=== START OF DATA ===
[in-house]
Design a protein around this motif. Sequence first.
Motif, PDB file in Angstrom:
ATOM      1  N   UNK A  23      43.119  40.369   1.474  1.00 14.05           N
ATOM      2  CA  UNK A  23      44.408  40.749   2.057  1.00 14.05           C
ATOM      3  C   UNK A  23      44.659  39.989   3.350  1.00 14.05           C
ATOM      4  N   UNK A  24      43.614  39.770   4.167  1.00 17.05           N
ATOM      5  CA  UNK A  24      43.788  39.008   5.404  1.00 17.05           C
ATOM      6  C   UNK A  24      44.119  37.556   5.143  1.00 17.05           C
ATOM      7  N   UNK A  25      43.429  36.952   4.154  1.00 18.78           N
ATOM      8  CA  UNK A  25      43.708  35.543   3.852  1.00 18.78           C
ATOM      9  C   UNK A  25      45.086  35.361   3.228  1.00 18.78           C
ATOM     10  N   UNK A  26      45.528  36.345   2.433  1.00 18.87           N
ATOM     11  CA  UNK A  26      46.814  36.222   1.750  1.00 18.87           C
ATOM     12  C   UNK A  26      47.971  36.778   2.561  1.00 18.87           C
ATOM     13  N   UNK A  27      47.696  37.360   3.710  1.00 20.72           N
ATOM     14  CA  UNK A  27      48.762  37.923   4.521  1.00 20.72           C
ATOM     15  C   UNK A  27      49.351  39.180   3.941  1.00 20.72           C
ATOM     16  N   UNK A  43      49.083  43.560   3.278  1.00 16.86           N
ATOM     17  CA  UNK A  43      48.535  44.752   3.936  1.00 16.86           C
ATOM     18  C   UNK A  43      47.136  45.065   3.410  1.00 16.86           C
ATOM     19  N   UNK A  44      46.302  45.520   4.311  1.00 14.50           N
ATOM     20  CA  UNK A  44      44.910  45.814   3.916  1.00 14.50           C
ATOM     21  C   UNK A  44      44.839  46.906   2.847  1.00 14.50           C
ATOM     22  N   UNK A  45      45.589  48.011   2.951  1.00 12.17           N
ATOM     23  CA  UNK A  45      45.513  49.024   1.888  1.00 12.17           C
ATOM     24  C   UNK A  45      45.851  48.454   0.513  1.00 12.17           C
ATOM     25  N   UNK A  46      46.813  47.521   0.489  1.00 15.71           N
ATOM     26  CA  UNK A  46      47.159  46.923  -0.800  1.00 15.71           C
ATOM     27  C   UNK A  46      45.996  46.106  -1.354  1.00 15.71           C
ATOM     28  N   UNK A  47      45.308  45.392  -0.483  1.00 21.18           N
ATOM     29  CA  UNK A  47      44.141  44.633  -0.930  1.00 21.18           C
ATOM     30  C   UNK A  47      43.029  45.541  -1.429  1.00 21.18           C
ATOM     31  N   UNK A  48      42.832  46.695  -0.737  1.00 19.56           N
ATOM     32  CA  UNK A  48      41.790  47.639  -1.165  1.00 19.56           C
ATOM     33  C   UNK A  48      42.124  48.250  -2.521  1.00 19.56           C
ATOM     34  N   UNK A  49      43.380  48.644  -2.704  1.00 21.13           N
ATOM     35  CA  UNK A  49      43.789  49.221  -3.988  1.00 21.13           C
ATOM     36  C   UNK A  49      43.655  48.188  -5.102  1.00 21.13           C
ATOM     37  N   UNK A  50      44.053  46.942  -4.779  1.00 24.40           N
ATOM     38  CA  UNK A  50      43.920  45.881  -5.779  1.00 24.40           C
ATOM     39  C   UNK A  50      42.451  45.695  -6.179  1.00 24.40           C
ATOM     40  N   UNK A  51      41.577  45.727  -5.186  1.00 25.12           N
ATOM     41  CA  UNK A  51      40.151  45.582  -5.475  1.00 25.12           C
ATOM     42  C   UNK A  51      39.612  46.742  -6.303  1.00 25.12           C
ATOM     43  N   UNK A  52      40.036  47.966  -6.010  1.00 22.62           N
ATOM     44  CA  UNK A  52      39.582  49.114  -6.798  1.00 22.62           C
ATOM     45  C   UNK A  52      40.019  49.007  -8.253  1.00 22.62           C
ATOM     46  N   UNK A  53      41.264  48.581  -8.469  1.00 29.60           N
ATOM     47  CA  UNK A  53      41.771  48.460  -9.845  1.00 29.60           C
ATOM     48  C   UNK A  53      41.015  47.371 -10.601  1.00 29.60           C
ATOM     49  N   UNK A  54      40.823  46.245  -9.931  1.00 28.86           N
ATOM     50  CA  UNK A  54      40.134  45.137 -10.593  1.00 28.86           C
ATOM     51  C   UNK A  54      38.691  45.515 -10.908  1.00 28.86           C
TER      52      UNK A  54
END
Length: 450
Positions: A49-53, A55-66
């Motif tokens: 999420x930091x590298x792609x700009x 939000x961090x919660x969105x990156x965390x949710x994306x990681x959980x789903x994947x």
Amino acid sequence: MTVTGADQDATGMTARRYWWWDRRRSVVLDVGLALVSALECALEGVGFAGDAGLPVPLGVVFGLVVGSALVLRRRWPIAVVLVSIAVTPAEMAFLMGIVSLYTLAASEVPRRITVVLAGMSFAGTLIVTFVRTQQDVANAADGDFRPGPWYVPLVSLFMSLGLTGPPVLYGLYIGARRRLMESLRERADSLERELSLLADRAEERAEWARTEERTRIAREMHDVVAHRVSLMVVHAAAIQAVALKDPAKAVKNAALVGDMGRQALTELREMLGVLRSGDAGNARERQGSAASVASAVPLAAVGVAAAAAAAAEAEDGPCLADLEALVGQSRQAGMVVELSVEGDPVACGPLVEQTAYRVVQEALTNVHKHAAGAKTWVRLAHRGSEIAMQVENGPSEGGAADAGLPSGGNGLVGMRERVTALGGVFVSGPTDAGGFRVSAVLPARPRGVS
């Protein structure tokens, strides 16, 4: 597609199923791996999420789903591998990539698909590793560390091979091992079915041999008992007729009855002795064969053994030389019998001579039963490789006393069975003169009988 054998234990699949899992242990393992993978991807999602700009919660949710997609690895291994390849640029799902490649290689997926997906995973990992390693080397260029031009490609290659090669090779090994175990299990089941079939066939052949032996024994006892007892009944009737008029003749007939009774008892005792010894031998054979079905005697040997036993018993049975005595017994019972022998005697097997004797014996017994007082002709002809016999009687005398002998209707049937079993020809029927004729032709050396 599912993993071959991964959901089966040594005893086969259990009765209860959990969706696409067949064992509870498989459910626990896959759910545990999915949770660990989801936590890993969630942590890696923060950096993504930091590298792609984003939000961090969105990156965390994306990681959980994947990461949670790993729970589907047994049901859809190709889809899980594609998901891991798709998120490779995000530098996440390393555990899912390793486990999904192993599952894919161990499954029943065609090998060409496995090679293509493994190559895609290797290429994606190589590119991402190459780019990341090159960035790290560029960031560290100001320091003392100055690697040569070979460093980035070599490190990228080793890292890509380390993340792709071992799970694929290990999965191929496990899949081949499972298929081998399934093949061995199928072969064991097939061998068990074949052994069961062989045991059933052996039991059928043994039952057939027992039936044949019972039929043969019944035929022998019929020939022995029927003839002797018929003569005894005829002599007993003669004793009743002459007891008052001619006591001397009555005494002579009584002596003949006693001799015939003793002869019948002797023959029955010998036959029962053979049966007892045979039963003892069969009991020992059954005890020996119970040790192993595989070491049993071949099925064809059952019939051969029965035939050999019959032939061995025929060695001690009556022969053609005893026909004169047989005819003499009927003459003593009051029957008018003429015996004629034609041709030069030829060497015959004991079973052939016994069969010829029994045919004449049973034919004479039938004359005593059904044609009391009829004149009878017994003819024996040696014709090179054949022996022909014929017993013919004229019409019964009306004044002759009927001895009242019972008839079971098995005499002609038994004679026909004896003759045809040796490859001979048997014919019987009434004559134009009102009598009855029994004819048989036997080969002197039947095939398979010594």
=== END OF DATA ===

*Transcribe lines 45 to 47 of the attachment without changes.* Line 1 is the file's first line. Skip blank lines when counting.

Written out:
ATOM     42  C   UNK A  51      39.612  46.742  -6.303  1.00 25.12           C
ATOM     43  N   UNK A  52      40.036  47.966  -6.010  1.00 22.62           N
ATOM     44  CA  UNK A  52      39.582  49.114  -6.798  1.00 22.62           C